Since an async function can suspend, you have to call it from an async context to account for this suspension. Await marks where execution might be suspended. While a function is suspended, other work can be done on the thread (not guaranteed).

XCTest has support for async out of the box. No more need for expectation.

You can test async code by marking the test as async and calling your async work like you would normally, asserting that no errors are thrown for example.

Calling asynchronous code from a SwiftUI view (or non-async context) is done by calling the async task function:

async {
  // call async code
}

This makes it easy to call out into async code from a non-async place.

To learn more:

  • Explore structured concurrency in Swift
  • Discover concurrency in SwiftUI

Getting started is easiest by starting small with some built-in Apple APIs that were converted to be async.

A common pattern to update is one where you have a completion handler. The Swift compiler automatically provides async versions of imported Objective-C code that takes a completion handler.

Some delegate methods take a completion handler that developers must call to communicate an async result. Similar to functions that developers call, these delegate methods are now also async which means we can return values from them or throw errors rather than having to call a completion handler.

There are several sessions about this. The Core Data async/await one is an example of this.

NSAsynchronousFetchRequest fetches objects asynchronously, making it a good candidate to integrate with async/await. This API works with a completion handler.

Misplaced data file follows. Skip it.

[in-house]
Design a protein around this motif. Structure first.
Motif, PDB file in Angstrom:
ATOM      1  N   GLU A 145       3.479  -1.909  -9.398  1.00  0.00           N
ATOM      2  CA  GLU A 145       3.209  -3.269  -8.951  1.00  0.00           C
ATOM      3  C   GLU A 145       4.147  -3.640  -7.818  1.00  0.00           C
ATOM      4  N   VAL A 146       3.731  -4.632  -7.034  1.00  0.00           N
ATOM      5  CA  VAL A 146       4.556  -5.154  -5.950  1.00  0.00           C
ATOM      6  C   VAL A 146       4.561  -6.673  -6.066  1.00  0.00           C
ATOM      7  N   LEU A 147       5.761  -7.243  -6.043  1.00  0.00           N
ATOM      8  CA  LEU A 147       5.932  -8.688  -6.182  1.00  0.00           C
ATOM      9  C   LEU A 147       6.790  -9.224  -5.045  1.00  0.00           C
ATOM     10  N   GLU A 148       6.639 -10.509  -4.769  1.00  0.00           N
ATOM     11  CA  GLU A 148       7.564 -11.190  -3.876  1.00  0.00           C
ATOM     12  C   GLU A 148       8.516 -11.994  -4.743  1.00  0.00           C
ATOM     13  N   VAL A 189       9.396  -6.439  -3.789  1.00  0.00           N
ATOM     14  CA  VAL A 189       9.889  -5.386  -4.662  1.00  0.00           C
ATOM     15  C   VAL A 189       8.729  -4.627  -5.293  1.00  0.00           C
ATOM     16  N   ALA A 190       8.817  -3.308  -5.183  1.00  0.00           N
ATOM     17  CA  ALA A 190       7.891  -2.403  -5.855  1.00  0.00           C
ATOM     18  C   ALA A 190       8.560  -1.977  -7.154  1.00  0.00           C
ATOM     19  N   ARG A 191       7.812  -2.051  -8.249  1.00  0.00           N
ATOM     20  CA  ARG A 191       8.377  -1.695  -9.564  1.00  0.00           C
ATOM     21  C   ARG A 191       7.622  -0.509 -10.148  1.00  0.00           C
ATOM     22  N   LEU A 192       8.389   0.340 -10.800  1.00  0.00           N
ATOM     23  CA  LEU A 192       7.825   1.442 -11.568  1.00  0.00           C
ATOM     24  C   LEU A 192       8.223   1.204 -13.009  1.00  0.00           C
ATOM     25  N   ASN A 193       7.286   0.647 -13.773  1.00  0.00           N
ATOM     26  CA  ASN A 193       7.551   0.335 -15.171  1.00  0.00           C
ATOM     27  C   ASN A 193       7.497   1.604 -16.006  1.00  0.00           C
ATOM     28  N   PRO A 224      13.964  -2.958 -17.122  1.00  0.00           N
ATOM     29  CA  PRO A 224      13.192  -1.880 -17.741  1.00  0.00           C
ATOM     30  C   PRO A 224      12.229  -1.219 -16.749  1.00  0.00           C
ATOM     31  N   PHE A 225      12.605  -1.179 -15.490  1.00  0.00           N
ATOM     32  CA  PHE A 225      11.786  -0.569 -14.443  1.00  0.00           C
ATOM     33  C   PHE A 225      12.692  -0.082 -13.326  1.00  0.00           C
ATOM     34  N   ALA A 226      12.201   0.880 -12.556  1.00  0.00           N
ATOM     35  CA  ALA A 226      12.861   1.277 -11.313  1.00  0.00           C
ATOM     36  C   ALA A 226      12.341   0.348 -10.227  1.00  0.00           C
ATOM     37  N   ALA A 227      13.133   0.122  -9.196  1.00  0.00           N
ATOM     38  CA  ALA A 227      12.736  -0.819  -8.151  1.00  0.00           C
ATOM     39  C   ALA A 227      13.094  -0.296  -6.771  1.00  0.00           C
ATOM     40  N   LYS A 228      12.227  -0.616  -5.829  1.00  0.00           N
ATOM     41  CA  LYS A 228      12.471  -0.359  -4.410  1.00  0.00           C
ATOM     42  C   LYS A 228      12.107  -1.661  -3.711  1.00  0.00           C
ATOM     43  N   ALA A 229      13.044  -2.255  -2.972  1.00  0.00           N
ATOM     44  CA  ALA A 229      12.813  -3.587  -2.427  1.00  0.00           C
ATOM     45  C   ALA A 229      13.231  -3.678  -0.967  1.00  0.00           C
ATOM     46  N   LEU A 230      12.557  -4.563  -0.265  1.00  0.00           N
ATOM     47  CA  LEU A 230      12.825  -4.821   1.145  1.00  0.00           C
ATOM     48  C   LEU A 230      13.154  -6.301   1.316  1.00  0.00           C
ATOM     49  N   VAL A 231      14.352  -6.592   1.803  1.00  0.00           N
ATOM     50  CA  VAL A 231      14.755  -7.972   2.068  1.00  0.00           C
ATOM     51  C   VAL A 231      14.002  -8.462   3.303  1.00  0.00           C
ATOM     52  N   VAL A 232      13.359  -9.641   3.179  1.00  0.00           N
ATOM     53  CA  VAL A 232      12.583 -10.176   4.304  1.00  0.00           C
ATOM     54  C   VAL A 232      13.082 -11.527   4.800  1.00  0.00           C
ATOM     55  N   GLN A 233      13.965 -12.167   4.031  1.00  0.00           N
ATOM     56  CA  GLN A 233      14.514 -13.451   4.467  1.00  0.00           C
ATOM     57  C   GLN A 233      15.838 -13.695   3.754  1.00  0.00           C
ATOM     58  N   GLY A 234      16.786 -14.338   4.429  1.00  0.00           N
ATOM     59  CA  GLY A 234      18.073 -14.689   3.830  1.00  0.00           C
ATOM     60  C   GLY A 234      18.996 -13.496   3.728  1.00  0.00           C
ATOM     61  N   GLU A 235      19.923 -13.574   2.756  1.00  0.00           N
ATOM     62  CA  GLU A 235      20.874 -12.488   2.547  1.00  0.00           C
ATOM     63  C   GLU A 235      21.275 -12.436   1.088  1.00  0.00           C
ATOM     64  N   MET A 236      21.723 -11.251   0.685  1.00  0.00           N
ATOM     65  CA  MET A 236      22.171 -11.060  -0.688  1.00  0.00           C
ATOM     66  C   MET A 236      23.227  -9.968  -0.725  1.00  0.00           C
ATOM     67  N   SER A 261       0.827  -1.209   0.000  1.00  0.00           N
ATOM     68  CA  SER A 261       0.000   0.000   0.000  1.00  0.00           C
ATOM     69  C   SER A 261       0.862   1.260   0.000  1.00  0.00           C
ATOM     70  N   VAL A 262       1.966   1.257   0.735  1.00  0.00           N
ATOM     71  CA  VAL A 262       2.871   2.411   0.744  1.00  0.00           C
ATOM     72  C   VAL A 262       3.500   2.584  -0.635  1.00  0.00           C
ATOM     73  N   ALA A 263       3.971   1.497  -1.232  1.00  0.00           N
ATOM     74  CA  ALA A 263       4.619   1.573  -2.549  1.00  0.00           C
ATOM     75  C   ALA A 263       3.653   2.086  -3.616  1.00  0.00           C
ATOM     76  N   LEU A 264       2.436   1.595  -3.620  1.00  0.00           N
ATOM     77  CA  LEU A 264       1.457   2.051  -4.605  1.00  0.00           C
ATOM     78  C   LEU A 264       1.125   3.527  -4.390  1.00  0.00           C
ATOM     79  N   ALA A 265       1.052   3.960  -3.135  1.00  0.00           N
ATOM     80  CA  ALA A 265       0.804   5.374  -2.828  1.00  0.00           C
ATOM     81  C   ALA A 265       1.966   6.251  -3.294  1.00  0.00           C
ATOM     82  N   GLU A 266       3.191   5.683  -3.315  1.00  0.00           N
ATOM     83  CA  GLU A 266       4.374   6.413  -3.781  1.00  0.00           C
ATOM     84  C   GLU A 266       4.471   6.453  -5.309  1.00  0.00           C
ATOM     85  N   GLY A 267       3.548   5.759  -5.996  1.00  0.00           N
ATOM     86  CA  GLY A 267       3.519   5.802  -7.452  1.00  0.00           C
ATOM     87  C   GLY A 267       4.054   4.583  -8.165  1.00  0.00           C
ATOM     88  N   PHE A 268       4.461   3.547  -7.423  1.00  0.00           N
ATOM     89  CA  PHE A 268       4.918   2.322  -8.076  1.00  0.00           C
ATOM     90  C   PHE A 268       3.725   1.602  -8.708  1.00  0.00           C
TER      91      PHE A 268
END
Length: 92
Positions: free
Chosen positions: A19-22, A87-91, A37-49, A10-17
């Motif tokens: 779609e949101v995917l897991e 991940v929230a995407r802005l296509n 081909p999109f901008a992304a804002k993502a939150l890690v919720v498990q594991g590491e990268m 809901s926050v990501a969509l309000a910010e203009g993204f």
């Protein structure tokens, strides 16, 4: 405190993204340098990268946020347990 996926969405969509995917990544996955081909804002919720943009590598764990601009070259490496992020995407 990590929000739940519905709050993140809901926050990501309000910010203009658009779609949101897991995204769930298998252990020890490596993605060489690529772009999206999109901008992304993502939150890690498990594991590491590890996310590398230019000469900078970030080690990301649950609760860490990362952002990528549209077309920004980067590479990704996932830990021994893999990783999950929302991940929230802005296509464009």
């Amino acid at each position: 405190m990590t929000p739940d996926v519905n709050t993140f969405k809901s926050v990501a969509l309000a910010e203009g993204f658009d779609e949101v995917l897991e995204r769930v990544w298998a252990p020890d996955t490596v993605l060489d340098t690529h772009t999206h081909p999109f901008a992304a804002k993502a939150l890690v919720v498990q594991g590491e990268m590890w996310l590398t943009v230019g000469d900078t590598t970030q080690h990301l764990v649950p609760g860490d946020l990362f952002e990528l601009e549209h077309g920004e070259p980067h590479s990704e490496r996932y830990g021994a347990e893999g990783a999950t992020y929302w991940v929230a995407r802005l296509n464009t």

We can wrap custom async work through continuations. A continuation is used to suspend a function, and resume it when appropriate. We do so through withCheckedThrowingContinuation. If you want a non-throwing version, withThrowingContinuation. You can await a call to these functions to provide a suspension point.

Then you can do whatever you need and call resume(throwing:): or resume(returning:) to resume the code again after having done the work you needed to do.

You must always call resume once. If there are code paths where you don’t call resume, Swift will tell you. Calling resume more than once is a problem and ensures that your code crashes if this happens.

You can store a checked continuation on a class. You can then resume (and nil out) a continuation when needed. This can be used for await a delegate’s response to an action.

Swift concurrency: Behind the scenes explains more about these suspend/resume cycle.


Stay up to date with my weekly newsletter





Marketing permission: I give my consent to donnywals.com to be in touch with me via email using the information I have provided in this form for the purpose of receiving a weekly newsletter.



Practical Combine

Learn everything you need to know about Combine and how you can use it in your projects with my new book Practical Combine. You'll get thirteen chapters, a Playground and a handful of sample projects to help you get up and running with Combine as soon as possible.

The book is available as a digital download for just $34.99!

Get Practical Combine
Categories: WWDC21 Notes